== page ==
During the first Afghan war against the Soviet union (1980-90), China sided with Pakistan and the USA. It was the era of cold war, and Beijing was highly concerned about an Afghanistan controlled by the Soviet Union. The end of the war and the collapse of the Soviet Union in 1990-91, abruptly changed the situation. The cold war was over, and Russia emerged from the demolished Soviet Union as a weak power. Relations between China and Russia began to improve. China’s western neighbours like Kazakhstan, Uzbekistan and Kyrghistan were also new independent states, but landlocked and weak. Eventually they were to succumb to Chinese pressure.

After Afghanistan shook off the Soviet ghost, China moved cautiously. While it did not accord diplomatic recognition to the Taliban government, it also did not join the western countries in criticizing the Taliban and their honoured guest, the Al Qaeda. Beijing depended on Pakistan to do quiet business with Afghanistan’s Taliban government. One of the important areas that China helped the Taliban was in setting up communication systems. One of the Chinese companies was the ZTE. China’s policy towards Afghanistan when the Taliban was fighting to oust the Northern Alliance was complicated. The Northern Alliance fought along with the Taliban, Pakistan and the US against the Soviet Union. But after the war was over, the Northern Alliance and the Taliban fell out.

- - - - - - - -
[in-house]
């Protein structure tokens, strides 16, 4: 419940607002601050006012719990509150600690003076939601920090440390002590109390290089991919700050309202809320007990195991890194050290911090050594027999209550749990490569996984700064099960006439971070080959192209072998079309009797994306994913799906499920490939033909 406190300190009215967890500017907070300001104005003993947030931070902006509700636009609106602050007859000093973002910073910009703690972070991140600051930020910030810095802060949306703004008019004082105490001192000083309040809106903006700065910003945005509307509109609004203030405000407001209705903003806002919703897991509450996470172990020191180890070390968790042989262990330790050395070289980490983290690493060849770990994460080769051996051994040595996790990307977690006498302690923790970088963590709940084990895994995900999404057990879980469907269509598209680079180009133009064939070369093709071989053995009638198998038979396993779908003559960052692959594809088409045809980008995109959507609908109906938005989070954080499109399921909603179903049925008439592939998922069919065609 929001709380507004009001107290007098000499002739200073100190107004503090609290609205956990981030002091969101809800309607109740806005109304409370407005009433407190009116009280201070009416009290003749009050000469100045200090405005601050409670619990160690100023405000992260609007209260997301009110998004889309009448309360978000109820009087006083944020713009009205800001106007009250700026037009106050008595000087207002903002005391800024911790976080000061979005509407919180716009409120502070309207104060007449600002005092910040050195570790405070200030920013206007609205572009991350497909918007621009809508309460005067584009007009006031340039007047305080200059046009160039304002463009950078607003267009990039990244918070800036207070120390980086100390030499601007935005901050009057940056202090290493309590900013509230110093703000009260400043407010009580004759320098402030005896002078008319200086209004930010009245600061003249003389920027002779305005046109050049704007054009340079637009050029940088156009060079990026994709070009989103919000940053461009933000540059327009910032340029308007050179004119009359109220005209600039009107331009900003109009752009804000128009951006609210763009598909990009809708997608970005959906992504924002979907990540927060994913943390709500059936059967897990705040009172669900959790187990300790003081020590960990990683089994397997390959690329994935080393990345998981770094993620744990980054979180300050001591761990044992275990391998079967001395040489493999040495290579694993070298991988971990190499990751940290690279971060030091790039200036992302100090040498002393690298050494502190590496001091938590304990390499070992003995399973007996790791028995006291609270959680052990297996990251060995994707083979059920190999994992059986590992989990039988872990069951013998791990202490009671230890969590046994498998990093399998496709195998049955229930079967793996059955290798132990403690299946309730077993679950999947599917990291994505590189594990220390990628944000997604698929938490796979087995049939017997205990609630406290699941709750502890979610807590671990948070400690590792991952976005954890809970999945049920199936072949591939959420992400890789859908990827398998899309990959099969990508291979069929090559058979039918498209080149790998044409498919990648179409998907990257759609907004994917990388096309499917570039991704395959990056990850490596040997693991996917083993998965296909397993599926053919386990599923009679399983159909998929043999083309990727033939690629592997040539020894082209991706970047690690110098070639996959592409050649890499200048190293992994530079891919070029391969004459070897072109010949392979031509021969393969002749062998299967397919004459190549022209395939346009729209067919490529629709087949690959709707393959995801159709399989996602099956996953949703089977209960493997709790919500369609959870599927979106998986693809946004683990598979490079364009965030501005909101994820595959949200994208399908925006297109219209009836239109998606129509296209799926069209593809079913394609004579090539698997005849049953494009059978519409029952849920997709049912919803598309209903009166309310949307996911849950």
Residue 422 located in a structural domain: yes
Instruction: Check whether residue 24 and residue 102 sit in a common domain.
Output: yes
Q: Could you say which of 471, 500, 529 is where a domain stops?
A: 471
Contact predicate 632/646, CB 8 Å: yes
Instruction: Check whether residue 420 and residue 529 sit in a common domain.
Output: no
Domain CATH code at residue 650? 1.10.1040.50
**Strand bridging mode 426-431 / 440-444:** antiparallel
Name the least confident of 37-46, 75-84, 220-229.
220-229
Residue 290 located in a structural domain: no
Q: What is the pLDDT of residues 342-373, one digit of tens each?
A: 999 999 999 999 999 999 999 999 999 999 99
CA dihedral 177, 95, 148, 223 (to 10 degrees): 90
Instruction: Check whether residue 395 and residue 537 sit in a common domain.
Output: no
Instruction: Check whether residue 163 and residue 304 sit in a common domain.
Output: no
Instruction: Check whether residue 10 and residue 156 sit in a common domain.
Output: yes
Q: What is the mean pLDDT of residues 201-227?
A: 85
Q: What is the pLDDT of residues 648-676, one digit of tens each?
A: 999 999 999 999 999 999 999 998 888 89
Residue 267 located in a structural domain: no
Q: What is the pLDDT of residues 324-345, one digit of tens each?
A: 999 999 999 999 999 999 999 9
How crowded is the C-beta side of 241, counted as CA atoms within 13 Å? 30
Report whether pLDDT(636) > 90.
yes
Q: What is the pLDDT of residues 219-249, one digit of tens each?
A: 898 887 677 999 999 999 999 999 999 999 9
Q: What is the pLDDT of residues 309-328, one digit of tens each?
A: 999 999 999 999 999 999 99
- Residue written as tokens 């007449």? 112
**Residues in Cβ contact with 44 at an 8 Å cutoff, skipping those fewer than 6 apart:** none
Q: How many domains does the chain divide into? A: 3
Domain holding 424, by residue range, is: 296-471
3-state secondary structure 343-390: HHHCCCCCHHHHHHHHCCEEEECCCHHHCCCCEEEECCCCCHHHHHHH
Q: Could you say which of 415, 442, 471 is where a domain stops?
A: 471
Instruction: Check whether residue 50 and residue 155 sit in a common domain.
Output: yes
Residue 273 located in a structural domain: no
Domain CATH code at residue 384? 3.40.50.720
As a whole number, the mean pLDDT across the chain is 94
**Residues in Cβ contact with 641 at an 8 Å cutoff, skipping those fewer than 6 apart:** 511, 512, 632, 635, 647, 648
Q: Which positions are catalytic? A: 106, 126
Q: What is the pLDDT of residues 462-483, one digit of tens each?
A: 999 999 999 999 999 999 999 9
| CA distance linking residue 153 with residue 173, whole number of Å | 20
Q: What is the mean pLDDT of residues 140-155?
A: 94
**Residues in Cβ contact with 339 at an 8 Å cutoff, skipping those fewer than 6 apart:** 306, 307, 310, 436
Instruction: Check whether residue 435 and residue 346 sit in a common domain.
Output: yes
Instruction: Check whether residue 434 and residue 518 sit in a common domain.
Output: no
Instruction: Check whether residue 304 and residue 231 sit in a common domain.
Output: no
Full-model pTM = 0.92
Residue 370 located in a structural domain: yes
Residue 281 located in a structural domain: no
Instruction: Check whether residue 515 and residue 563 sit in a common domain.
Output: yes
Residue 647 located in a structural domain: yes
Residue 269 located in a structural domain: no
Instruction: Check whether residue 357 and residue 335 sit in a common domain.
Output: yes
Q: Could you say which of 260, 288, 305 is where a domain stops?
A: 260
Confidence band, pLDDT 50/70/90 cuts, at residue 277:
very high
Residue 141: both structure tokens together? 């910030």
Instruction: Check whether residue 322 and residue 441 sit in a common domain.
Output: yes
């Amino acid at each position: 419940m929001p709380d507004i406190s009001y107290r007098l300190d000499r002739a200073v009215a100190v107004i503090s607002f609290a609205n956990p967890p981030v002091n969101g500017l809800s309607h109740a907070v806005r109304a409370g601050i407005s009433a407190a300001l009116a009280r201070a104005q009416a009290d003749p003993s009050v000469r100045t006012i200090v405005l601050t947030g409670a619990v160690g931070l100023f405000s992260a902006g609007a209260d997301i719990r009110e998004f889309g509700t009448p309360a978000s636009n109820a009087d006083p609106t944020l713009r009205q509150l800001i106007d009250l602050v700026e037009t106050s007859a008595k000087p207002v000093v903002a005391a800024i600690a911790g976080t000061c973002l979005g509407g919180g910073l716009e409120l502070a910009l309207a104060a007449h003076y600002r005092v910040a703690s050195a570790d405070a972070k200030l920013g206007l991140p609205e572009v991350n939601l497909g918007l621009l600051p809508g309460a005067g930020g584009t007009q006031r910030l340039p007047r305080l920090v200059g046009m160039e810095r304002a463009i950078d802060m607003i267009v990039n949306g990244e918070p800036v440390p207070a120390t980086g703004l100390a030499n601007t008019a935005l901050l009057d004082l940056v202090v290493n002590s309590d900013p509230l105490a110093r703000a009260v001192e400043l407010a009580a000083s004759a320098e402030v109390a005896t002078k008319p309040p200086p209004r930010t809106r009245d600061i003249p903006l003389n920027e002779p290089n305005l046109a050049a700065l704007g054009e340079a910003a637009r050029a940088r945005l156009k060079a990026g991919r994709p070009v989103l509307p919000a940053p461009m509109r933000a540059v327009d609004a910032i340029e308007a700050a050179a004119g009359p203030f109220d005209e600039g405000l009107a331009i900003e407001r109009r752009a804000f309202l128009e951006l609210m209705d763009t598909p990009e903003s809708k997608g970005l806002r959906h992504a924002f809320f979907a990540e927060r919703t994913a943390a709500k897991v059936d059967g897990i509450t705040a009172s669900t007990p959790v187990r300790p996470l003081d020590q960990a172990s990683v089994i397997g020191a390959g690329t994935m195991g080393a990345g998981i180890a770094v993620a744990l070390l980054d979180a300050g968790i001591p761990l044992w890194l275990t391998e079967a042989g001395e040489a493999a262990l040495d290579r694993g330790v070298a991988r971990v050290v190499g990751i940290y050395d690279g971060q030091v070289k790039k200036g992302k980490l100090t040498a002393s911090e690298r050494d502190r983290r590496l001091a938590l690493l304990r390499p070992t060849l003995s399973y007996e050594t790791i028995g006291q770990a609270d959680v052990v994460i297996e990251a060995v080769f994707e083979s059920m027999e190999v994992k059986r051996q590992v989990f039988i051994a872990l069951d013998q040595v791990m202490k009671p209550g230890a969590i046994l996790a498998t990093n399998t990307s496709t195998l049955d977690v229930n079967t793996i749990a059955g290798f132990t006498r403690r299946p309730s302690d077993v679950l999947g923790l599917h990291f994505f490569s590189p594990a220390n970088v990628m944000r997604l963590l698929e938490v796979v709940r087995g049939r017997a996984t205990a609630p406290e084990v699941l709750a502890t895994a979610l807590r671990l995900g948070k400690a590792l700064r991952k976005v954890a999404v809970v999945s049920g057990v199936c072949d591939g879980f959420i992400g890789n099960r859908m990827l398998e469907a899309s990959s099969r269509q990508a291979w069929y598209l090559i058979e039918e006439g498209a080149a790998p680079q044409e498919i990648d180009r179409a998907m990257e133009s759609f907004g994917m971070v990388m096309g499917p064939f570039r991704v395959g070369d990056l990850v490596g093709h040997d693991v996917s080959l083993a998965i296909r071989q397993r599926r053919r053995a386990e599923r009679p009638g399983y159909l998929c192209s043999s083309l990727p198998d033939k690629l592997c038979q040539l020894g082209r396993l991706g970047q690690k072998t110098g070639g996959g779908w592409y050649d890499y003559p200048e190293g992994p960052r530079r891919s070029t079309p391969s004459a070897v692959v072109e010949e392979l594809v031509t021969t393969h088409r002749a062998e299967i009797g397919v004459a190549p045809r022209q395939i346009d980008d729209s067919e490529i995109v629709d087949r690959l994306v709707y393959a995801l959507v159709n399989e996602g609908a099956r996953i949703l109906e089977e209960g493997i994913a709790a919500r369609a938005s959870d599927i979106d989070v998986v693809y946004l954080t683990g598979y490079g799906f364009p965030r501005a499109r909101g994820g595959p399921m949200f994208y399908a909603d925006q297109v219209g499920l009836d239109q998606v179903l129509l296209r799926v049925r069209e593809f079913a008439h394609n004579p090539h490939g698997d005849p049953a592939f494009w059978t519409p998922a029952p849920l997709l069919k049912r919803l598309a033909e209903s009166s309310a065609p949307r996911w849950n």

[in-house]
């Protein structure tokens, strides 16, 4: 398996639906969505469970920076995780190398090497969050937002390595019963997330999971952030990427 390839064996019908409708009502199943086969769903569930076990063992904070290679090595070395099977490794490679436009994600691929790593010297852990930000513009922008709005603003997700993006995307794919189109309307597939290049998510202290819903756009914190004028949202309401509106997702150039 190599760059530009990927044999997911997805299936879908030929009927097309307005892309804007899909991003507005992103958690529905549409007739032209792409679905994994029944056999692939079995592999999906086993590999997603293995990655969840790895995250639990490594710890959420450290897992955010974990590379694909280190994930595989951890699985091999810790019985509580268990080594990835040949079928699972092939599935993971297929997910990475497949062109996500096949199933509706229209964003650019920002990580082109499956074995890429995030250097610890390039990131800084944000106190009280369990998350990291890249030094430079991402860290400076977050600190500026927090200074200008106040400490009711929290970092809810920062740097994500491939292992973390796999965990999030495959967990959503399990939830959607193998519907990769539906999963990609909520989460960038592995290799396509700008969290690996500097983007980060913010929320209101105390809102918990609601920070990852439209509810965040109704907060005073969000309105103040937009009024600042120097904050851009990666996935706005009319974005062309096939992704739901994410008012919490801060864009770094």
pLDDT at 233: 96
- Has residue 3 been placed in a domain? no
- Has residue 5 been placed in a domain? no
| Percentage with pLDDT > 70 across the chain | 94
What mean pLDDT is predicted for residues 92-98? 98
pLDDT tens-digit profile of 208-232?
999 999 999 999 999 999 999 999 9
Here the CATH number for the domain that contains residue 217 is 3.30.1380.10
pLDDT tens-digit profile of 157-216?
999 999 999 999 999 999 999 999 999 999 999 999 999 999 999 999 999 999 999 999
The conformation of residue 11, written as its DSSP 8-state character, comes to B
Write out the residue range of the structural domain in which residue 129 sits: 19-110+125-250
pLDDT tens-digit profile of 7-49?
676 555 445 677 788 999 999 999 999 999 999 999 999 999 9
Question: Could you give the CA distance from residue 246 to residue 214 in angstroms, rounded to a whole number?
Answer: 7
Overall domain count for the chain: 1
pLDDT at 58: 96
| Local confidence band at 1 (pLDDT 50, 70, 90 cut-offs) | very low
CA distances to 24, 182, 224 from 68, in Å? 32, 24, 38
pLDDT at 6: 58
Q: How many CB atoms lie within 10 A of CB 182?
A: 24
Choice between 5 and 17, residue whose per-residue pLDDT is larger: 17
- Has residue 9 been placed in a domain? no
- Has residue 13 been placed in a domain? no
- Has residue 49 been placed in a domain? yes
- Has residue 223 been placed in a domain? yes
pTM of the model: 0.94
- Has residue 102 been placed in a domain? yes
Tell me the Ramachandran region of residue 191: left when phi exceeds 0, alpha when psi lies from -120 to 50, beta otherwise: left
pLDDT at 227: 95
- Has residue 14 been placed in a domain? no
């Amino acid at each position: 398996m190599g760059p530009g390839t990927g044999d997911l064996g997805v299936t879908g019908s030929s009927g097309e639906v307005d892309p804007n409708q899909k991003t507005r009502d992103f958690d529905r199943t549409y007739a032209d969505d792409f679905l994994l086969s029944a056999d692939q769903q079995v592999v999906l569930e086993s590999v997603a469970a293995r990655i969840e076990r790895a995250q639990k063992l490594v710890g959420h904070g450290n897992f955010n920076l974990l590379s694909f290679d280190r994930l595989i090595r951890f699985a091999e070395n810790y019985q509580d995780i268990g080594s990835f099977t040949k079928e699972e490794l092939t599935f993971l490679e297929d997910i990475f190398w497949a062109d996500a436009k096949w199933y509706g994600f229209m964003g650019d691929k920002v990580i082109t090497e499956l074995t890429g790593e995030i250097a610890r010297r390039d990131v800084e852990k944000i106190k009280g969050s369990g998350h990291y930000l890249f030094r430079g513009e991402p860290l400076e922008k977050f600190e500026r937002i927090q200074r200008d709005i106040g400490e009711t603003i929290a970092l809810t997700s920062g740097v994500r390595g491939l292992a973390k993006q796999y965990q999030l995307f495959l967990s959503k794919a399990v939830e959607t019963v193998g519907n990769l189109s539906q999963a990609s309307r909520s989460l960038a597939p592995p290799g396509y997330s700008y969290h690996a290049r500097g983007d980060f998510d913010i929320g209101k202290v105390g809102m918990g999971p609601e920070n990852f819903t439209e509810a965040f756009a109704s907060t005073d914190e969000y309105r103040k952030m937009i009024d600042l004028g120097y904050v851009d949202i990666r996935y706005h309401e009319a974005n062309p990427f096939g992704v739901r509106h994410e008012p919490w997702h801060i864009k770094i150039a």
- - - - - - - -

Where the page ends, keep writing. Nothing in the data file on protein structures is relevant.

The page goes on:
Normally, China would have been expected to support the Northern Alliance led by Masud because it intended to create a liberal and forward looking Afghanistan. Instead, Beijing leaned toward the extremist Wahabi Taliban. Of course, it is a common practice of China to ignore a region however extremist or non-conformist it be, as long as it benefitted from that region. Moreover Pakistan, China’s time tested ally was supporting the Taliban. Very importantly, China also saw in the Pakistan-Taliban alliance the Pakistan army’s policy of creating strategic depth in Afghanistan to counter India. It is well known that China created a nuclear armed Pakistan to keep India under constant pressure and threat. Pakistan is China’s ally in creating an encirclement of India. This strategy is in existence even today. Even otherwise, Pakistan is of immense importance in China’s reach to the Islamic countries of the Gulf and West Asia, and a fence against US influence in South Asia.